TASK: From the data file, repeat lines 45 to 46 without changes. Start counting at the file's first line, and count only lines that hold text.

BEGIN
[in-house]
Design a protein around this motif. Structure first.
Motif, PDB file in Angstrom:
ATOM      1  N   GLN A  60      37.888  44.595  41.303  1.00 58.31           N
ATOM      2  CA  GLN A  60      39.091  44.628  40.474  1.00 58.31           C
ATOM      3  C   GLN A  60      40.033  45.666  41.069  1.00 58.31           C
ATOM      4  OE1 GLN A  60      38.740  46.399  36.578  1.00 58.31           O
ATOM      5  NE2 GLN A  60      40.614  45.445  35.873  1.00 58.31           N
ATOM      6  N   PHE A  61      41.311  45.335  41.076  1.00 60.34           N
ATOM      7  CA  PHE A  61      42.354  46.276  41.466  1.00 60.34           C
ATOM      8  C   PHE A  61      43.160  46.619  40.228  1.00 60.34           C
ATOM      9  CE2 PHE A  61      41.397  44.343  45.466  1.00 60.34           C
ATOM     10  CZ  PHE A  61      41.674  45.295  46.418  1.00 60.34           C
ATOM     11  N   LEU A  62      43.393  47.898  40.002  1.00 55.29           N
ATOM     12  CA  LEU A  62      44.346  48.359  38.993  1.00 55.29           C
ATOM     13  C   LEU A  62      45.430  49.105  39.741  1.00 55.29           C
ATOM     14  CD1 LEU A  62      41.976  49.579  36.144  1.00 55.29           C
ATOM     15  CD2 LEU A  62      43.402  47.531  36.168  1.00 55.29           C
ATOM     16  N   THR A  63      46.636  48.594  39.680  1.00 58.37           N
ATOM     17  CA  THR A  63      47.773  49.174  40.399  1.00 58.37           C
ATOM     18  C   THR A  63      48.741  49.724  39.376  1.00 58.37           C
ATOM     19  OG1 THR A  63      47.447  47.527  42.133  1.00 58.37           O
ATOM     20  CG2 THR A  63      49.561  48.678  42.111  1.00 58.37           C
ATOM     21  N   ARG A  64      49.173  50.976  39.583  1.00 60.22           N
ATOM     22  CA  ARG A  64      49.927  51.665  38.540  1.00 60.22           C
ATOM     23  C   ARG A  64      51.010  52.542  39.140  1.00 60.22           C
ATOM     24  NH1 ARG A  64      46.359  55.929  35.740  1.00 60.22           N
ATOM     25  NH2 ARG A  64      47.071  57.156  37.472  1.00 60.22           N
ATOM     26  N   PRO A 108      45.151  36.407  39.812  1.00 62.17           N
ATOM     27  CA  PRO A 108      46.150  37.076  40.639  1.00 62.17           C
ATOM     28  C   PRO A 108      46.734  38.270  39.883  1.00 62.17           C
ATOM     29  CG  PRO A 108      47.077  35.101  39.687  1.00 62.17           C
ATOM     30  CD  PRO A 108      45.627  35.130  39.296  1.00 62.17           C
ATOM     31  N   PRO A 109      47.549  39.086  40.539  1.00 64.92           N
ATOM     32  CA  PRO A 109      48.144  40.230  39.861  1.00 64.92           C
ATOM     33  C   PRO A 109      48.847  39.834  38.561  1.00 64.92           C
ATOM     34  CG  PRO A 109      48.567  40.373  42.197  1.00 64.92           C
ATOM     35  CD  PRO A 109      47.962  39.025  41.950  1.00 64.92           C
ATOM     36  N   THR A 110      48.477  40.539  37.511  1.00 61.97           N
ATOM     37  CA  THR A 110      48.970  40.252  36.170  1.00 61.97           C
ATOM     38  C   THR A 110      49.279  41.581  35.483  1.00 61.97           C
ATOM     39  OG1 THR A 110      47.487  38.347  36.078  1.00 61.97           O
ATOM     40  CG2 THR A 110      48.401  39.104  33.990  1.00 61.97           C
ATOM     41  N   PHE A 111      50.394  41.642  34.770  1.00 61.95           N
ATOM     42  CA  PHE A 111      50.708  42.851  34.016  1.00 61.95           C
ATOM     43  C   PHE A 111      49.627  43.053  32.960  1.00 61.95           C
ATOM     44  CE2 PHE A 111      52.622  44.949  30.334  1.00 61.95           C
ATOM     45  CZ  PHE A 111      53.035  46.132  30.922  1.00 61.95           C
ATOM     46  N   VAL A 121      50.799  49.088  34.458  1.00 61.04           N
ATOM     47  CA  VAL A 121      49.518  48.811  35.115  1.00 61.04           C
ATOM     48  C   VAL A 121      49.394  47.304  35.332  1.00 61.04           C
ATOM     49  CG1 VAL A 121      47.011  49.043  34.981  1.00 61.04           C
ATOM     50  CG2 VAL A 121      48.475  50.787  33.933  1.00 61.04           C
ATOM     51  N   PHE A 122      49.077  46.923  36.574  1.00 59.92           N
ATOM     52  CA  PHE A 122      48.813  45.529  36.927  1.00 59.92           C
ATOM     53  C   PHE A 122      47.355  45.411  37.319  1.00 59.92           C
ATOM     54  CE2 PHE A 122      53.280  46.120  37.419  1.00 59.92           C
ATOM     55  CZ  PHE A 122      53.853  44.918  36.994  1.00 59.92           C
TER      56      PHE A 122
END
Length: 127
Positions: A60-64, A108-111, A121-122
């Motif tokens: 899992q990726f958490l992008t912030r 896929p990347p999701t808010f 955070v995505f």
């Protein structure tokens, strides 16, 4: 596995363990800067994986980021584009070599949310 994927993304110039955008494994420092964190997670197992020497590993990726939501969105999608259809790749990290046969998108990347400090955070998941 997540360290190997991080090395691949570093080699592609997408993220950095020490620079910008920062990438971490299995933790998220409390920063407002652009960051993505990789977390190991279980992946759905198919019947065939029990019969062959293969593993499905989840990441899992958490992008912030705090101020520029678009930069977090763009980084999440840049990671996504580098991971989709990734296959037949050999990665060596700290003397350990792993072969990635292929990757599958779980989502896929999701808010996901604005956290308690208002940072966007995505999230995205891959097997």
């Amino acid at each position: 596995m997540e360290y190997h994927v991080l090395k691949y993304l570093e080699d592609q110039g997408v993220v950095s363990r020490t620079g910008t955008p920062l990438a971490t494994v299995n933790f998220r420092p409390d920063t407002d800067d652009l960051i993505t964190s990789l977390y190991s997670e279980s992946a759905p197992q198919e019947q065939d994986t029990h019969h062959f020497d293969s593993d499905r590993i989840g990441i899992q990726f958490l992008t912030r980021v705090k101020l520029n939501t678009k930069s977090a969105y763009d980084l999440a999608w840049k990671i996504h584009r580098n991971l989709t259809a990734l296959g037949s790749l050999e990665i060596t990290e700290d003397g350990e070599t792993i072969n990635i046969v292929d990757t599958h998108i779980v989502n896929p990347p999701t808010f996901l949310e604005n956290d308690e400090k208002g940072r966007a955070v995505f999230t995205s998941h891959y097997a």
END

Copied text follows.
ATOM     42  CA  PHE A 111      50.708  42.851  34.016  1.00 61.95           C
ATOM     43  C   PHE A 111      49.627  43.053  32.960  1.00 61.95           C